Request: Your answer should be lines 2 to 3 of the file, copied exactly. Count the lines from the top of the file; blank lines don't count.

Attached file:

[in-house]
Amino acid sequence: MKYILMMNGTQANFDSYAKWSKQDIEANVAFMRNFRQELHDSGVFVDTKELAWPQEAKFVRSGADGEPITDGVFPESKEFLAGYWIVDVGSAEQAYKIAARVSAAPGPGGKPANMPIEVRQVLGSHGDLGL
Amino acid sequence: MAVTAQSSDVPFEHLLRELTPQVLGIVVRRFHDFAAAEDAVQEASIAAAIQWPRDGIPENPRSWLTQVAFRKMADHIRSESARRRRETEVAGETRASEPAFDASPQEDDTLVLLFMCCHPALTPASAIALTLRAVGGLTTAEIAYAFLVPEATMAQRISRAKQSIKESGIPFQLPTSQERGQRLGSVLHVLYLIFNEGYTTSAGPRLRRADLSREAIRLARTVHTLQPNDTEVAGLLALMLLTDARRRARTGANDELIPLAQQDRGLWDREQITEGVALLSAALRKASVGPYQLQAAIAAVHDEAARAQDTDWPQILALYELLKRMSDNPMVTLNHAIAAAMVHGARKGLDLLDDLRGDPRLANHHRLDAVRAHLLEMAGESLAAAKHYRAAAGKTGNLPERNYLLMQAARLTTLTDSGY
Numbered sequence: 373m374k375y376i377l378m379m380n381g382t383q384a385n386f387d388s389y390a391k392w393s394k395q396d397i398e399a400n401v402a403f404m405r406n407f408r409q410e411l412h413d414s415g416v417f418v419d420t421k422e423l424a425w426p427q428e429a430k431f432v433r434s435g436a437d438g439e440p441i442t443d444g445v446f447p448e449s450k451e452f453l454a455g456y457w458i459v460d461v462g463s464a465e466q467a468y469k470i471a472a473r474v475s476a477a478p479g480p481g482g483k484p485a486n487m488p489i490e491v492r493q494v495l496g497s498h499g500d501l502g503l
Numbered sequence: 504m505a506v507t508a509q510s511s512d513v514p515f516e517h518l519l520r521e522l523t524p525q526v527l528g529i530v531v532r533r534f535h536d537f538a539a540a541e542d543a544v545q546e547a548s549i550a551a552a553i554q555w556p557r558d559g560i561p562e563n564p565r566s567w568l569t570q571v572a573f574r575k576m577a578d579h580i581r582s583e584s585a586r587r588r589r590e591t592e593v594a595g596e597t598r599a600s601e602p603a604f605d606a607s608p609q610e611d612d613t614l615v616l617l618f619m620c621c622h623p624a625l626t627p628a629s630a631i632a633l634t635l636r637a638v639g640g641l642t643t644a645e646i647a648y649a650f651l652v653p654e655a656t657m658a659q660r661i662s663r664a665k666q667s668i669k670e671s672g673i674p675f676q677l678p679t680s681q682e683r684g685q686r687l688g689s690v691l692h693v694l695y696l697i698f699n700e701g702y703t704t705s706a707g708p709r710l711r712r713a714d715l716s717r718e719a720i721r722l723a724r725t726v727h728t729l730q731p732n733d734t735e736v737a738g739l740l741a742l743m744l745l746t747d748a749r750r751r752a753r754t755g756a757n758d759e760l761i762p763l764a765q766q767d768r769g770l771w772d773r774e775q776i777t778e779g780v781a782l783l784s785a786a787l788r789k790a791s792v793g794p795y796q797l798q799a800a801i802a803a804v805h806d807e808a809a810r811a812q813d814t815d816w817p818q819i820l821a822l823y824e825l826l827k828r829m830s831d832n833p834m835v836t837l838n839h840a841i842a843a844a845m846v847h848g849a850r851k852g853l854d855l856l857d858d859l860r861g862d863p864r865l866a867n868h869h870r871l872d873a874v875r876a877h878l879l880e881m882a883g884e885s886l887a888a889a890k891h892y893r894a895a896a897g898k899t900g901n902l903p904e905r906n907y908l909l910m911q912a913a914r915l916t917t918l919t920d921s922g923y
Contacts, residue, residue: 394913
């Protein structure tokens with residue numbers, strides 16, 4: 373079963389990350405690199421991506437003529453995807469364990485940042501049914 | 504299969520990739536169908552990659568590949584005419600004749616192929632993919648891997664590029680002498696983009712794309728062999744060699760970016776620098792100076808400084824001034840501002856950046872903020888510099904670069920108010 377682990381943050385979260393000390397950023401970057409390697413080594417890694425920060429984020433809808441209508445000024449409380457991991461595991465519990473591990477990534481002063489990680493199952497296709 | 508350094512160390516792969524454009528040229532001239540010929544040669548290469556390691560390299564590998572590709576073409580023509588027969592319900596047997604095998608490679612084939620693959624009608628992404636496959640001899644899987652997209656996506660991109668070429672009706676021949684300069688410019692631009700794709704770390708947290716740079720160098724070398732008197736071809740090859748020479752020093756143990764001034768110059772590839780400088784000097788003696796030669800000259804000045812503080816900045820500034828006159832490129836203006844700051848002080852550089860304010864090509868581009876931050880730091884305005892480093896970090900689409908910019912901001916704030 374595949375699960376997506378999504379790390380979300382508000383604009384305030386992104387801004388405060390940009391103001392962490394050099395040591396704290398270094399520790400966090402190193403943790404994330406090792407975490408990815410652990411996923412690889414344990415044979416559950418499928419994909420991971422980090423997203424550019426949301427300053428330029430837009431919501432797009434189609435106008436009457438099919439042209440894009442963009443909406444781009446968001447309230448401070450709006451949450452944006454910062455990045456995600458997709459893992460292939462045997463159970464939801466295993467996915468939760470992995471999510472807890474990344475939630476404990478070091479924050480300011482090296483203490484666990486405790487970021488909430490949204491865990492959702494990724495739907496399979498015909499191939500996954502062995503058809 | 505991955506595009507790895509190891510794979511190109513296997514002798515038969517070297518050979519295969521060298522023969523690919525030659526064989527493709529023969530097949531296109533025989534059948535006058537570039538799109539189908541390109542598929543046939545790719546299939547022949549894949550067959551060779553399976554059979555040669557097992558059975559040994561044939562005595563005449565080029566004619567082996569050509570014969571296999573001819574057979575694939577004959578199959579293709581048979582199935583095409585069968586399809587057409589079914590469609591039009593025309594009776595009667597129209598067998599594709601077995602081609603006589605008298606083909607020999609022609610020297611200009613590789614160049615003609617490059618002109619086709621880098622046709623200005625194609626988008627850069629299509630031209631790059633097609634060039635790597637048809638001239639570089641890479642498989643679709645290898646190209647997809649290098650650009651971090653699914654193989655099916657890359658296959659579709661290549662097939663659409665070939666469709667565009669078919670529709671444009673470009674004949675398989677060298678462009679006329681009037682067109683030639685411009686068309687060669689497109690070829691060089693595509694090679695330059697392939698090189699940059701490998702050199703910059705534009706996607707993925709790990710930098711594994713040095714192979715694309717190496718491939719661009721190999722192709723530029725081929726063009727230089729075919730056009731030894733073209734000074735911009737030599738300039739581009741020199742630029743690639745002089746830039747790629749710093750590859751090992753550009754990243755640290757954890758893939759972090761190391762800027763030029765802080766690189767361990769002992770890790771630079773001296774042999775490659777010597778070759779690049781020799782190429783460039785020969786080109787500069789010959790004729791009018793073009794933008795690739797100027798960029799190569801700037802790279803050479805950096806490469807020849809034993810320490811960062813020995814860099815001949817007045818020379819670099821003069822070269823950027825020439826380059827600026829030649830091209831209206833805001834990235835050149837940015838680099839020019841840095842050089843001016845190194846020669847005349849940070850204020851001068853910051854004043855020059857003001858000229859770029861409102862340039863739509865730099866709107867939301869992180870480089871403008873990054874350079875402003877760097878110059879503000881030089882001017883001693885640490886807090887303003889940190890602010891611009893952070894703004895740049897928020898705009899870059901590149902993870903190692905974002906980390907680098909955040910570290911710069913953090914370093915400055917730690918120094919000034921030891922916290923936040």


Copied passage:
Amino acid sequence: MKYILMMNGTQANFDSYAKWSKQDIEANVAFMRNFRQELHDSGVFVDTKELAWPQEAKFVRSGADGEPITDGVFPESKEFLAGYWIVDVGSAEQAYKIAARVSAAPGPGGKPANMPIEVRQVLGSHGDLGL
Amino acid sequence: MAVTAQSSDVPFEHLLRELTPQVLGIVVRRFHDFAAAEDAVQEASIAAAIQWPRDGIPENPRSWLTQVAFRKMADHIRSESARRRRETEVAGETRASEPAFDASPQEDDTLVLLFMCCHPALTPASAIALTLRAVGGLTTAEIAYAFLVPEATMAQRISRAKQSIKESGIPFQLPTSQERGQRLGSVLHVLYLIFNEGYTTSAGPRLRRADLSREAIRLARTVHTLQPNDTEVAGLLALMLLTDARRRARTGANDELIPLAQQDRGLWDREQITEGVALLSAALRKASVGPYQLQAAIAAVHDEAARAQDTDWPQILALYELLKRMSDNPMVTLNHAIAAAMVHGARKGLDLLDDLRGDPRLANHHRLDAVRAHLLEMAGESLAAAKHYRAAAGKTGNLPERNYLLMQAARLTTLTDSGY